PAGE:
by guest blogger Thomas M. Kostigen, expert on social responsibility and environmental issues.
Want to eat more healthfully? Tell your representative in Congress to end direct payments to factory-farm operators—fast. The SuperCommittee devised to cut the budget deficit has been meeting in secret and may rubber-stamp a Farm Bill that will encourage bad farming practices—the type that lead to obesity, environmental degradation, and unfair world trade.
Farmers are set to make record profits, according to the U.S. Department of Agriculture (USDA). Farm income is up more than 30 percent this year, the USDA reports. Meanwhile, farmers have their hands out for $300 billion in taxpayer subsidies.
That’s right, as farmers lock in record profits, they want us to subsidize their business operations. Make no mistake, these are not mom-and-pop farm operators or family farmers: These are the Big Ag operations that churn out mass quantities of food (i.e. factory farms).
It’s time for this $5 billion-a-year boondoggle and perverted practice of direct farm payments to multimillion-dollar farm operators to end.
The Environmental Working Group (www.ewg.org) lists all the dirty farming practitioners on its site and houses myriad research about the ill effects of subsidized farming. My book, The Big Handout: How Government Subsidies and Corporate Welfare Corrupt the World We Live In and Wreak Havoc on Our Food Bills (Rodale, 2011). weaves an accessible narrative that lays bare the subsidy systems and reveals just how bad subsidized-farm policies have become for our health, welfare, and foreign policy.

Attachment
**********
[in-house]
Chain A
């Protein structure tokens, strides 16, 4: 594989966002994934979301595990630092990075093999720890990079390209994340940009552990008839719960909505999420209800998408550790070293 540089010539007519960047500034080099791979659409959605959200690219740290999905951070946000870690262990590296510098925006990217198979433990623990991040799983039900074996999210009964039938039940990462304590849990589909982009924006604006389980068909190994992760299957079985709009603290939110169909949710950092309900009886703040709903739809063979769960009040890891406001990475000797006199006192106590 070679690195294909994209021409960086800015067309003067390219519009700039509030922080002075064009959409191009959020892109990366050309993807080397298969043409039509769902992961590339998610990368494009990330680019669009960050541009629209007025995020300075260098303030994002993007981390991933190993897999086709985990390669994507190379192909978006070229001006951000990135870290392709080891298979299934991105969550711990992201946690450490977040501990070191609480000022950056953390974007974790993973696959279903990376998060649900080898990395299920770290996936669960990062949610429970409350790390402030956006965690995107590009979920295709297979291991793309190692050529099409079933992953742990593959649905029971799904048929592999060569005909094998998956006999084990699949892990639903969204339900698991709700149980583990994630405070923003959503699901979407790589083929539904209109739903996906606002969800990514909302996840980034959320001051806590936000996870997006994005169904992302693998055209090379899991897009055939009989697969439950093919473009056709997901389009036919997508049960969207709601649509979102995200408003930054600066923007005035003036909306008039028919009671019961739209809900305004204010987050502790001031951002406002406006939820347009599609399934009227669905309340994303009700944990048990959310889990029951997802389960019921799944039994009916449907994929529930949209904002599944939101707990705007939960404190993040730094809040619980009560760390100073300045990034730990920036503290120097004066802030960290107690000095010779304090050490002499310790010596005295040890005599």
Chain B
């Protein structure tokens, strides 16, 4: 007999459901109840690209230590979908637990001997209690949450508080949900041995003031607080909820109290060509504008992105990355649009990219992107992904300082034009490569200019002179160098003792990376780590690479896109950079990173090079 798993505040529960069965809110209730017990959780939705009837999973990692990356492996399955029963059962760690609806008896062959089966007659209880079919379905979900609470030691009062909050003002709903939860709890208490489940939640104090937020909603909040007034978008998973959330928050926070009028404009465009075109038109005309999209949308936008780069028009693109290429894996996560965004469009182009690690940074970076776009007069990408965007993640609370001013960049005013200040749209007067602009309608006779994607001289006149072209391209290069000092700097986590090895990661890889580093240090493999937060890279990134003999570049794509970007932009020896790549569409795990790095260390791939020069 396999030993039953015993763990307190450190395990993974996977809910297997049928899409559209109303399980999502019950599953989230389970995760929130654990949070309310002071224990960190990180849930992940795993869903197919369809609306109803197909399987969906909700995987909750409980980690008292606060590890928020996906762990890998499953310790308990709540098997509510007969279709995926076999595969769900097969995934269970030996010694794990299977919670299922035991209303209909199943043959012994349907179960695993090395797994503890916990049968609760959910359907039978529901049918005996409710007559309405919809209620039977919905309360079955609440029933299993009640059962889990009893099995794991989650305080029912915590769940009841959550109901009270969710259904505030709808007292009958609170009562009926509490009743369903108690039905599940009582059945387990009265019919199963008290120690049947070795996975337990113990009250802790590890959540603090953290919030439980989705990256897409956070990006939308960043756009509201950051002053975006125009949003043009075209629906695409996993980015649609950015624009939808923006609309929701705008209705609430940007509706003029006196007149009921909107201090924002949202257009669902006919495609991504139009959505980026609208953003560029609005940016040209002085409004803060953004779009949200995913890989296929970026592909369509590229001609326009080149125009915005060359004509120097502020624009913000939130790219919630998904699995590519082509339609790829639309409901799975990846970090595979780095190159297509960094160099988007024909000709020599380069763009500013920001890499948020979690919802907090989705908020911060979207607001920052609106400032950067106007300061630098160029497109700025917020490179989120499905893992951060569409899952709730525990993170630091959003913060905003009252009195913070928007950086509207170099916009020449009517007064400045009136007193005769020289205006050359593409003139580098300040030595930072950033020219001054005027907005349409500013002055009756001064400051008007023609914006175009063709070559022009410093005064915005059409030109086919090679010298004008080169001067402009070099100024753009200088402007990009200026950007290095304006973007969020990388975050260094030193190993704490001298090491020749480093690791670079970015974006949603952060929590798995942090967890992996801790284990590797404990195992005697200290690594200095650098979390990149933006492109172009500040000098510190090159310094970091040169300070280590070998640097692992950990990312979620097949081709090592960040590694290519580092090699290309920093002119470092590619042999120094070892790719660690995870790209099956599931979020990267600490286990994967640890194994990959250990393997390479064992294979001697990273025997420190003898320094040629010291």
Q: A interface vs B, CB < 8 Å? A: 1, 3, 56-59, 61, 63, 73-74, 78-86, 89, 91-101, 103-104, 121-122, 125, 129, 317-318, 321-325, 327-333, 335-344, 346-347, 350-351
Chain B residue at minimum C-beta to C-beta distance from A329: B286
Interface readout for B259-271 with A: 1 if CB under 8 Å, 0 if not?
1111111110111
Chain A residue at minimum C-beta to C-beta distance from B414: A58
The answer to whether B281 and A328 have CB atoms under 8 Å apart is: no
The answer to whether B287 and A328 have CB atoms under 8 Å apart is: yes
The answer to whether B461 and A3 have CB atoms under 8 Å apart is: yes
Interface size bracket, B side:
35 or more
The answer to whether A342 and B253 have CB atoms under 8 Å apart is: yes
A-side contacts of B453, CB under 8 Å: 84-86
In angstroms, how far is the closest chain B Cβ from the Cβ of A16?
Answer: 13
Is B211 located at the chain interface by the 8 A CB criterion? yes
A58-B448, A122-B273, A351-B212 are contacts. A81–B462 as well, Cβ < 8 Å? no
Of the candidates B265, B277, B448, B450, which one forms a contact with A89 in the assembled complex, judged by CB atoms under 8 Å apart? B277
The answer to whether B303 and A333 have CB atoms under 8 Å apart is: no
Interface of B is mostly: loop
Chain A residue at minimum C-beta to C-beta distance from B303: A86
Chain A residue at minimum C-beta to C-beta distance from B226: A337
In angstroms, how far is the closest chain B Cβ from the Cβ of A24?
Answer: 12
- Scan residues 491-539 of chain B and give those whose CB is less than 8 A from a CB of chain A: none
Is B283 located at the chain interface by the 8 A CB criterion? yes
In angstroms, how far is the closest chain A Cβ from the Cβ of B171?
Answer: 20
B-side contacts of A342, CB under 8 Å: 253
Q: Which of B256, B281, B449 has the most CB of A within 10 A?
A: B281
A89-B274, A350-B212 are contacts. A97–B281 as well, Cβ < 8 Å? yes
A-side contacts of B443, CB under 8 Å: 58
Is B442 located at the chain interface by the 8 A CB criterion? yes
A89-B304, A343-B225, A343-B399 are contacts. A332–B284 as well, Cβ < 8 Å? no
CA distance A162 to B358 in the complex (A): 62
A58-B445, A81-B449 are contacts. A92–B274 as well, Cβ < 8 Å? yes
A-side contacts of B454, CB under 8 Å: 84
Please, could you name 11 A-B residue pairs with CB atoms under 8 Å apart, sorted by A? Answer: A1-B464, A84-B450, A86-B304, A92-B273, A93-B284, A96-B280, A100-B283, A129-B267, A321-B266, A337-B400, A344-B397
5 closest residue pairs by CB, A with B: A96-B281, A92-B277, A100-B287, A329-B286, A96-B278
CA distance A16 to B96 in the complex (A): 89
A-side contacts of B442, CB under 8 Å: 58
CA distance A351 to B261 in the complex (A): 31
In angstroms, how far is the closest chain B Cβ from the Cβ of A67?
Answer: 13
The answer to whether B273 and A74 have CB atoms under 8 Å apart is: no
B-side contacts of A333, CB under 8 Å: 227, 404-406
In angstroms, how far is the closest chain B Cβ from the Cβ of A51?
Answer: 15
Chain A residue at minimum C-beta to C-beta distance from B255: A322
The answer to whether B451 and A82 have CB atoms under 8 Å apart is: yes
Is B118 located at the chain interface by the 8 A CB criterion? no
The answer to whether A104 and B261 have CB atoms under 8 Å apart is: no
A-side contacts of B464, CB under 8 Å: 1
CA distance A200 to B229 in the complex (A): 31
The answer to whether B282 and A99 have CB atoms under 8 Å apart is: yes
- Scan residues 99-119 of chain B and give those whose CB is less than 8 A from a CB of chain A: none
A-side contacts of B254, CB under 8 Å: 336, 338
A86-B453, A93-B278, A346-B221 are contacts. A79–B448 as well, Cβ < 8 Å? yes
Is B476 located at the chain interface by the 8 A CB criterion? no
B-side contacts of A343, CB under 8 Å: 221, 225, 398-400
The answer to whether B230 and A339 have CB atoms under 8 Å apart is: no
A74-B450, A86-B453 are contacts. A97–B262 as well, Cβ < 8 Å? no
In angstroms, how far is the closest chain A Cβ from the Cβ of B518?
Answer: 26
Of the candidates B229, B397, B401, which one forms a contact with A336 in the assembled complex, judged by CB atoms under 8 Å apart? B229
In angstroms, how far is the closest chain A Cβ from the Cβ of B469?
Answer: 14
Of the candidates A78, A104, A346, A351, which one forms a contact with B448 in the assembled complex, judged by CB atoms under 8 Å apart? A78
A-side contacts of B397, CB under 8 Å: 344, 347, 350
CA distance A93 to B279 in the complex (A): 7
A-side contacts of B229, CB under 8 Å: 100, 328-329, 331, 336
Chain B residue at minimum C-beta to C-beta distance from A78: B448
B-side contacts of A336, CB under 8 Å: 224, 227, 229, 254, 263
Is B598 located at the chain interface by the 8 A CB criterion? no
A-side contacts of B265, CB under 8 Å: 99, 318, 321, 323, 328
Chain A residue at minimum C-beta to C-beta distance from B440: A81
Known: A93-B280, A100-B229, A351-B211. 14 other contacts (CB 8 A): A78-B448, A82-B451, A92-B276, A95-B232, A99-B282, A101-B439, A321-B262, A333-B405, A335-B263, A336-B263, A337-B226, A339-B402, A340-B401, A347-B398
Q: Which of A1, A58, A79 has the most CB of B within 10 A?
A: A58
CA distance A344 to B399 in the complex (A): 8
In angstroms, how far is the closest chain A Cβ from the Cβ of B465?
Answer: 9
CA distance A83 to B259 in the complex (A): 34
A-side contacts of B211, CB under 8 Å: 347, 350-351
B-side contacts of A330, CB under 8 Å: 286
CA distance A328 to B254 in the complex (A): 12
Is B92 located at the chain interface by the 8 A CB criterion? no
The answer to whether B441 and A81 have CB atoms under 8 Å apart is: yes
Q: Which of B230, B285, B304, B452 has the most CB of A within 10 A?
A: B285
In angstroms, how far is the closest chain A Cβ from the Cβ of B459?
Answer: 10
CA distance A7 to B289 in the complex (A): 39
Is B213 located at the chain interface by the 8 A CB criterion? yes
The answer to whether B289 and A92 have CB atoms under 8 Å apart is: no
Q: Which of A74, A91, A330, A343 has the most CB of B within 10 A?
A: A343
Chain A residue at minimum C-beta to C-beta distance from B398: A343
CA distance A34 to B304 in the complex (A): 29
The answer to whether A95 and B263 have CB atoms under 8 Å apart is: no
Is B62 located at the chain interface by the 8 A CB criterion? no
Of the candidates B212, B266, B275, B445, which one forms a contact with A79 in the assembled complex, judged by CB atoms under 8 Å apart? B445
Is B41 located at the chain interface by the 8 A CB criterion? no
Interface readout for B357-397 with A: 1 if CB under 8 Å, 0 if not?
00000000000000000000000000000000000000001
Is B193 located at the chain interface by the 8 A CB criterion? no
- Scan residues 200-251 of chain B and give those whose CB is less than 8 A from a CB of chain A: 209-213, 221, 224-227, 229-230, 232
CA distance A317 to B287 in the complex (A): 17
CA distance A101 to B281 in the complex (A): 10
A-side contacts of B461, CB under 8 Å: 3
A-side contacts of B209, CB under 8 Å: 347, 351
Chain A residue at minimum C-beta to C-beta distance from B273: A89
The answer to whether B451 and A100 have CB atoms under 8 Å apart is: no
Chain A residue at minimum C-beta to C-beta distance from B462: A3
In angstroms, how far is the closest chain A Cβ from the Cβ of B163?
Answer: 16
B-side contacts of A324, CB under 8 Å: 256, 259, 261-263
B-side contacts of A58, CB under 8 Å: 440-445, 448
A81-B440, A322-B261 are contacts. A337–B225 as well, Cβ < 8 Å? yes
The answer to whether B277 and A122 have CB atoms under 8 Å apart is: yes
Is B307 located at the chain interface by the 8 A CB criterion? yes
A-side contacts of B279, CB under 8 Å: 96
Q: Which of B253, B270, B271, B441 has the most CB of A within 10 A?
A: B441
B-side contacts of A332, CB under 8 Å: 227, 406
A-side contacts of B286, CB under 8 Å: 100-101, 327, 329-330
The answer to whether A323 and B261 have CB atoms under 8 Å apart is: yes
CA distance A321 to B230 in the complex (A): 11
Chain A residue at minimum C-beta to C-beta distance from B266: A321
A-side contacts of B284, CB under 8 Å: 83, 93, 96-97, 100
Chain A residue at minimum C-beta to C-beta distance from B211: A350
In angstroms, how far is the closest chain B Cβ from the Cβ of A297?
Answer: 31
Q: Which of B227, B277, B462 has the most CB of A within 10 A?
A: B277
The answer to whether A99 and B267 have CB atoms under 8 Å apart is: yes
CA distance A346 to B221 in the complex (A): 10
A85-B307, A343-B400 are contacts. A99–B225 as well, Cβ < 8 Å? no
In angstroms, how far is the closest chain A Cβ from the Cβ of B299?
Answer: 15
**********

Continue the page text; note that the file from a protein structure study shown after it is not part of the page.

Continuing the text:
This chart pretty much sums things up:
Chart credit: Physicians Committee for Responsible Medicine
Here are six simple steps we can take to flip this chart on its head. This is our government, after all, and we should never shy away from participating in it.
- Call or Write. Contact your representative and tell them to kill factory-farm subsidies.
- Show Up. Meet with your elected officials or their staff in your home district. Bring other voters or groups—such as church groups—to get more attention. Lobbying at home is more effective than lobbying in DC.
- Speak Out. Write a letter to the editor or an Op/Ed for your local newspaper.
- Donate. If you have the means, contribute to politicians who think about this the way you do.
- Advertise. Name names; rent billboards, bench ads, space in your local paper; and do it locally. This type of hardball game is played regularly in Washington but rarely on a local level, but it’s effective.
- Boycott. It can be the most difficult tactic, but it has the potential to hit corporations where they can be hurt most—in their bank accounts. So, vote with your dollars.